These statements and others like them most likely reflect the frustration felt in Washington over a 15 year war on terror where there has been no victory and where we actually seem worse off than when we started. The real problem is they will argue and bicker over changing tactics but their interventionist strategy remains the same.
Retired Army Gen. Mike Flynn, who was head of the Defense Intelligence Agency during the US wars in Afghanistan and Iraq, told al-Jazeera this week that US drones create more terrorists than they kill. He said: “The more weapons we give, the more bombs we drop, that just … fuels the conflict.”
Still Washington pursues the same strategy while expecting different results.
It is probably almost inevitable that the warhawks will turn their anger inward, toward Americans who are sick of the endless and costly wars. The US loss of the Vietnam war is still blamed by many on the protesters at home rather than on the foolishness of the war based on a lie in the first place.
Let’s hope these threats from Clark and Trump are not a trial balloon leading to a clampdown on our liberties. There are a few reasons we should be concerned. Last week the US House passed a bill that would allow the Secretary of State to unilaterally cancel an American citizen’s passport if he determines that person has “aided” or “abetted” a terrorist organization. And as of this writing, the Senate is debating a highway funding bill that would allow the Secretary of State to cancel the passport of any American who owes too much money to the IRS.
Canceling a passport means removing the right to travel, which is a kind of virtual interment camp. The person would find his movements restricted, either being prevented from leaving or entering the United States. Neither of these measures involves any due process or possibility of appeal, and the government’s evidence supporting the action can be kept secret.
We should demand an end to these foolish wars that even the experts admit are making matters worse. Of course we need a strong defense, but we should not provoke the hatred of others through drones, bombs, or pushing regime change overseas. And we must protect our civil liberties here at home from government elites who increasingly view us as the enemy.
Copyright © 2015 by RonPaul Institute. Permission to reprint in whole or in part is gladly granted, provided full credit and a live link are given.
Read online: http://bit.ly/1fyJgMe
This week the Sixth Circuit Court of Appeals ruled that the NSA’s metadata collection program was not authorized in US law. The PATRIOT Act, under which the program began, was too vague, the court found. But the truth is the Act was intended to be vague so that the government could interpret it in the broadest possible way.
But this is really more of a technicality, because illegality and unconstitutionality are really two very different things. Even if Congress had explicitly authorized the government to collect our phone records, that law would still be unconstitutional because the Constitution does not grant government the power to access our personal information without a valid search warrant.
Even though the court found the NSA program illegal, it did not demand that the government stop collecting our information in this manner. Instead, the court kicked the ball back in Congress’ court, as these provisions of the PATRIOT Act are set to expire at the end of the month and the Appeals Court decided to let Congress decide how to re-authorize this spying program.
Unfortunately, this is where there is not much to cheer. If past practice is any lesson, Congress will wait until the spying program is about to expire and then in a panic try to frighten Americans into accepting more intrusions on their privacy. Senate Majority Leader Mitch McConnell has already put forth a new bill as a stop-gap measure to allow time for a fuller debate on the issue. His stop-gap? A five year re-authorization with no changes to the current program!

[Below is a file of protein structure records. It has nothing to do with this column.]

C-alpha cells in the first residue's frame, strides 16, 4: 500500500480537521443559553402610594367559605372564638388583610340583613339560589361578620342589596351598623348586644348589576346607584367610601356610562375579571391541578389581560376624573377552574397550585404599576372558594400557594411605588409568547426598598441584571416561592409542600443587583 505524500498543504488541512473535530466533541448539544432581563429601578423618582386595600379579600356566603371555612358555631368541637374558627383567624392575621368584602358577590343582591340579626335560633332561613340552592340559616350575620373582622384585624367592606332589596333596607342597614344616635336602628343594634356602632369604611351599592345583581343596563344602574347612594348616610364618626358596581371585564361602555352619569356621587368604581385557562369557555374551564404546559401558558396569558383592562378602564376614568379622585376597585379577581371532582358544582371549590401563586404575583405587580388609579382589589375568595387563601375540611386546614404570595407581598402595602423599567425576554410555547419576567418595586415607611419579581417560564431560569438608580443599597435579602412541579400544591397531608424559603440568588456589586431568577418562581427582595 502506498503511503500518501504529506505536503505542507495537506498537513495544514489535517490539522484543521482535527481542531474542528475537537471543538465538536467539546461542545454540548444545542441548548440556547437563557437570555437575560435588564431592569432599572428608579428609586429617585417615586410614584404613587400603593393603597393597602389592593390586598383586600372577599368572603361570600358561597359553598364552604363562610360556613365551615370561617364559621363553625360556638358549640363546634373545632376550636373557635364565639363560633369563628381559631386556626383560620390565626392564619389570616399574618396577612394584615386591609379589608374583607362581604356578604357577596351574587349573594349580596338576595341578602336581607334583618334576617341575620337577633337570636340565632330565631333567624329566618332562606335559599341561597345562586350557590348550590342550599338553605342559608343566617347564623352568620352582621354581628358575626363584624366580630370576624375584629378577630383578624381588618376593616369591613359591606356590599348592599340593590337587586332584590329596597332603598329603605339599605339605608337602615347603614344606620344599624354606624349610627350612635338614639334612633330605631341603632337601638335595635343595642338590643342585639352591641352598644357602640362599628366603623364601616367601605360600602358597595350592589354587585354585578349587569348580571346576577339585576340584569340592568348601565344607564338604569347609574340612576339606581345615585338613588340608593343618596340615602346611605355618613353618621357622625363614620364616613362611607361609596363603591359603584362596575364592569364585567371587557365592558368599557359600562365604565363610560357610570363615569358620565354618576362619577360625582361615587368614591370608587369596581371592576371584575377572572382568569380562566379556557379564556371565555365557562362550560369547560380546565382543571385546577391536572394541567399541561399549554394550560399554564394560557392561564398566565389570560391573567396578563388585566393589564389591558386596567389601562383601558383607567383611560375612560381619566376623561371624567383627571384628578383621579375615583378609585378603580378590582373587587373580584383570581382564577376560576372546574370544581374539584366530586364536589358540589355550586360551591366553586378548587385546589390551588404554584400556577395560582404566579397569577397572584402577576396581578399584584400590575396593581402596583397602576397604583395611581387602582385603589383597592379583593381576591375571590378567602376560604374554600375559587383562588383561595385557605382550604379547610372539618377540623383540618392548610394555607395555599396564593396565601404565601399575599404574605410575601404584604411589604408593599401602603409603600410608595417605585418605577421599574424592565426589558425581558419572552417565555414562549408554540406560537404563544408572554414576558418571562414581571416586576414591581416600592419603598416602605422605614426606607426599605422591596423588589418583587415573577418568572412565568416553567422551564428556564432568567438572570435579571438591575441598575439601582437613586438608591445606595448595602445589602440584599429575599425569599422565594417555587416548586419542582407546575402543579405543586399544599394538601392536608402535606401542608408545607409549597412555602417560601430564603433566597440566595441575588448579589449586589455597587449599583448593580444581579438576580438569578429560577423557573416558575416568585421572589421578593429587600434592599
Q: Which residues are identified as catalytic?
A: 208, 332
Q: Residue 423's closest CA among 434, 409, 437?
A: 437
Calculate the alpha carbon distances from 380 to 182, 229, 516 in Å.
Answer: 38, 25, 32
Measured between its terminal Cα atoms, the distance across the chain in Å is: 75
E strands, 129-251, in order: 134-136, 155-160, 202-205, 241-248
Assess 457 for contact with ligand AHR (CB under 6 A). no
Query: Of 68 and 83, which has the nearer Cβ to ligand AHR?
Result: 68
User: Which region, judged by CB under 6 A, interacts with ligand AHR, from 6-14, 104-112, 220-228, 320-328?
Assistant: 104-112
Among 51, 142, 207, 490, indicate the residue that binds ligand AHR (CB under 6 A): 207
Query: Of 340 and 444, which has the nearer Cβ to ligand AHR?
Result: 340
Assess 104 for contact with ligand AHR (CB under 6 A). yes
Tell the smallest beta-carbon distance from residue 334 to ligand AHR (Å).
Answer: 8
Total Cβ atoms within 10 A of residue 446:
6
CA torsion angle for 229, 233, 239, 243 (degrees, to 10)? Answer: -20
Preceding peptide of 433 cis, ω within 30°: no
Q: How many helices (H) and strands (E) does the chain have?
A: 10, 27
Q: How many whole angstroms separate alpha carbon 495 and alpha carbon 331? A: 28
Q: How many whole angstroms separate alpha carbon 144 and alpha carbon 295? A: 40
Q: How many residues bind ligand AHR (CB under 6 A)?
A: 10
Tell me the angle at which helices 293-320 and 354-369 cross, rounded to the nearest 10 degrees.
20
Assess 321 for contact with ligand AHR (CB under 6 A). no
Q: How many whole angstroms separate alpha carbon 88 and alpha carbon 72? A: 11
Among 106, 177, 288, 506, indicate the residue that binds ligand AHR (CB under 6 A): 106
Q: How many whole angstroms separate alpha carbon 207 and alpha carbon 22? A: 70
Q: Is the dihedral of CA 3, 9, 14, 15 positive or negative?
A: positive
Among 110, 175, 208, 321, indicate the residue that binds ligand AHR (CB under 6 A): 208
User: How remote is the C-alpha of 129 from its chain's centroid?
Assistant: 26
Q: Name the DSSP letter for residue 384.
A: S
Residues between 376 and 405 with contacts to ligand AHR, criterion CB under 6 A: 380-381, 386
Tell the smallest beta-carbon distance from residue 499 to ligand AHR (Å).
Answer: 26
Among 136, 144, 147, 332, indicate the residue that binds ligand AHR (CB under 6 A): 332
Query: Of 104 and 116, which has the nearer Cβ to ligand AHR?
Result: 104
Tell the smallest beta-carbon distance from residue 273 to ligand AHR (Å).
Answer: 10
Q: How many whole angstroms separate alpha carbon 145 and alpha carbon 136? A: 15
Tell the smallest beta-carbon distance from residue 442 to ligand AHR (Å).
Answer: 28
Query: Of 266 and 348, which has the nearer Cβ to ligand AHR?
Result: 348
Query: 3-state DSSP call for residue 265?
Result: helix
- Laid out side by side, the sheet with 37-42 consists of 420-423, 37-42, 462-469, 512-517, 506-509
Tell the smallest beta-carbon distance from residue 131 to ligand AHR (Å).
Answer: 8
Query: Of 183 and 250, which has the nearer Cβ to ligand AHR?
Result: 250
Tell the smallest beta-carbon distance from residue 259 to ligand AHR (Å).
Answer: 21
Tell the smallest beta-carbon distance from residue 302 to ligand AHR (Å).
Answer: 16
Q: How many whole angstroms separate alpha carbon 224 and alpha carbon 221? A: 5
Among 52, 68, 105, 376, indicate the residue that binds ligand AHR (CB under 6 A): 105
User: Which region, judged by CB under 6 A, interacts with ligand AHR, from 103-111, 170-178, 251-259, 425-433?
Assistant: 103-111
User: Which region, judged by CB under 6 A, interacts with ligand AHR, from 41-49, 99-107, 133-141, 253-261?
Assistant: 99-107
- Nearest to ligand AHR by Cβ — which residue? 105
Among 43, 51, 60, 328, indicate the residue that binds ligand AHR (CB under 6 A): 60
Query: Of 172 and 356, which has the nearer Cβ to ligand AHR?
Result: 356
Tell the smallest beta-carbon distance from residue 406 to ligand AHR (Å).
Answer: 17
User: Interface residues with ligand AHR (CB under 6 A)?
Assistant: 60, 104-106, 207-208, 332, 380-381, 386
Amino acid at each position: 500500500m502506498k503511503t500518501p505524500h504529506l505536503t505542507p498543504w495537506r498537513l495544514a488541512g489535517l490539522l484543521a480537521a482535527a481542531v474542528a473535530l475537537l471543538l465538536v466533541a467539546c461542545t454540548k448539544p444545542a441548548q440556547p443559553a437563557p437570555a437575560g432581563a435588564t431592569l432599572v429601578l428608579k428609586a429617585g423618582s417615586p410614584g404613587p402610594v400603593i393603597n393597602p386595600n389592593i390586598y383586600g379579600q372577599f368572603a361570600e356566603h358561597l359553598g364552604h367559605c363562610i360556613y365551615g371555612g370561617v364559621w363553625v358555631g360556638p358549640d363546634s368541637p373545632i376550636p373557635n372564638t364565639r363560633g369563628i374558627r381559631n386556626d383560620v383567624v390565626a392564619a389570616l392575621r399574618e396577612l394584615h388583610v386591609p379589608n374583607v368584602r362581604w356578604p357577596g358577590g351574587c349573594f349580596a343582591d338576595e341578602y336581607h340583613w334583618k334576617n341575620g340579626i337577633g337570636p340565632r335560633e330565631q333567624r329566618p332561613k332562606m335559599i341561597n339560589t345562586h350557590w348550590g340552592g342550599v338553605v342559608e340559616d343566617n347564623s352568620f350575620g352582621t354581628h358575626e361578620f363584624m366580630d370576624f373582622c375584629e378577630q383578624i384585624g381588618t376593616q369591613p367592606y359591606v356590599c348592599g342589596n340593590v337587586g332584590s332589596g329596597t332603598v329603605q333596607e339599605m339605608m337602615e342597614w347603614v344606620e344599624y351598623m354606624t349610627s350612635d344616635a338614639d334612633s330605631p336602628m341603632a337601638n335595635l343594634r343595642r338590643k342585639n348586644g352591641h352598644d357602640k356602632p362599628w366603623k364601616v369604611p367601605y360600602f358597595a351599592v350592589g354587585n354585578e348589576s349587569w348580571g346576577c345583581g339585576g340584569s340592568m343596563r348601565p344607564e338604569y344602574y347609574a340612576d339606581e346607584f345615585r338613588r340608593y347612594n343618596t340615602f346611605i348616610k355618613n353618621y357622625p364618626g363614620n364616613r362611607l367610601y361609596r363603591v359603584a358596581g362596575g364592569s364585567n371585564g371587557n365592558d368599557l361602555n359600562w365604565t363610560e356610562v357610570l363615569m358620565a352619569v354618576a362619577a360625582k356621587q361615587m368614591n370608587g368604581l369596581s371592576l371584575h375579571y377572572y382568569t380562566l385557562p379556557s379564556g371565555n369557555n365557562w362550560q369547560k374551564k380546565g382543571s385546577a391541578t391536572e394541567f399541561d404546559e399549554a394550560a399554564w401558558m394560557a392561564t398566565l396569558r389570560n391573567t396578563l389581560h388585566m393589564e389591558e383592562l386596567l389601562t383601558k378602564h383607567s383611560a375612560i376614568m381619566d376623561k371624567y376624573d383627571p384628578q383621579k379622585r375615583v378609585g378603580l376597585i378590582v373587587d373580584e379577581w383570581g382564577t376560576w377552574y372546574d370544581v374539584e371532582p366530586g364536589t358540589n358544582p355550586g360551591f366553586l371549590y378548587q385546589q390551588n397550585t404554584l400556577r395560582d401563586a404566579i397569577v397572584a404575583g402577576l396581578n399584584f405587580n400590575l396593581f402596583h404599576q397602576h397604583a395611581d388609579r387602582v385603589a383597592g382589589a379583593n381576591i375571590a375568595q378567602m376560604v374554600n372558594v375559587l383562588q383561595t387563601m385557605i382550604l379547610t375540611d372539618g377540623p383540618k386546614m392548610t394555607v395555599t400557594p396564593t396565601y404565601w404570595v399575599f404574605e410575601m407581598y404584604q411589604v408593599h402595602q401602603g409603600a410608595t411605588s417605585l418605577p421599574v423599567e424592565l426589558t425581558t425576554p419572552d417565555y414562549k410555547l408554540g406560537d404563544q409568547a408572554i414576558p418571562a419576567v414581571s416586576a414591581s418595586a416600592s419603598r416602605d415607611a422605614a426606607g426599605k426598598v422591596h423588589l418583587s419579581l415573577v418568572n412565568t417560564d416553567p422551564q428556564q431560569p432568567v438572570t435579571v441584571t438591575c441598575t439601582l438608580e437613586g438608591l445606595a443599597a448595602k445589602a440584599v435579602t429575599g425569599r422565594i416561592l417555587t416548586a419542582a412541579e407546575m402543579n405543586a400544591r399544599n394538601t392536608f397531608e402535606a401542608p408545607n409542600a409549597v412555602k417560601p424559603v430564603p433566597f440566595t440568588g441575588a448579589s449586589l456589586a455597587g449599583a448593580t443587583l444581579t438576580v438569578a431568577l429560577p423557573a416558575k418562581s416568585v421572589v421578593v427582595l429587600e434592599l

The main reform bill being floated, the FREEDOM Act, is little better. Pretending to be a step in the right direction, the FREEDOM Act may actually be worse for our privacy and liberties than the PATRIOT Act!
One silver lining in the court decision is that it should exonerate Ed Snowden, who risked it all to expose what the courts have now found was illegal US government activity. That is the definition of a whistleblower. Shouldn’t he be welcomed back home as a hero instead of being threatened with treason charges? We shouldn’t hold our breath!
This week Snowden addressed a conference in Melbourne, Australia, informing citizens that the Australian government watches all its citizens “all the time.” Australia’s program allows the government to “collect everyone’s communications in advance of criminal suspicion,” he told the conference. That means the government is no longer in the business of prosecuting crimes, but instead is collecting information in case crimes someday occur.
How is it that the Australian government can collect and track “pre-crime” information on its citizens? Last month Australia passed a law requiring telecommunications companies to retain metadata information on their customers for two years.
Why do Australia’s oppressive laws matter to us? Because the NSA “reform” legislation before Congress, the FREEDOM Act, does exactly what the Australian law does: it mandates that US telecommunications companies retain their customers’ metadata information so that the NSA can access the information as it wishes.
Some argue that this metadata information is harmless and that civil libertarians are over-reacting. But, as Ed Snowden told the Melbourne conference, “under these mandatory metadata laws you can immediately see who journalists are contacting, from which you can derive who their sources are.”
This one example of what happens when the government forces corporations to assist it in spying on the people should be a red flag. How can an independent media exist in the US if the government knows exactly whom journalists contact for information? It would be the end of any future whistleblowers.
The only reform of the PATRIOT Act is a total repeal. Accept nothing less.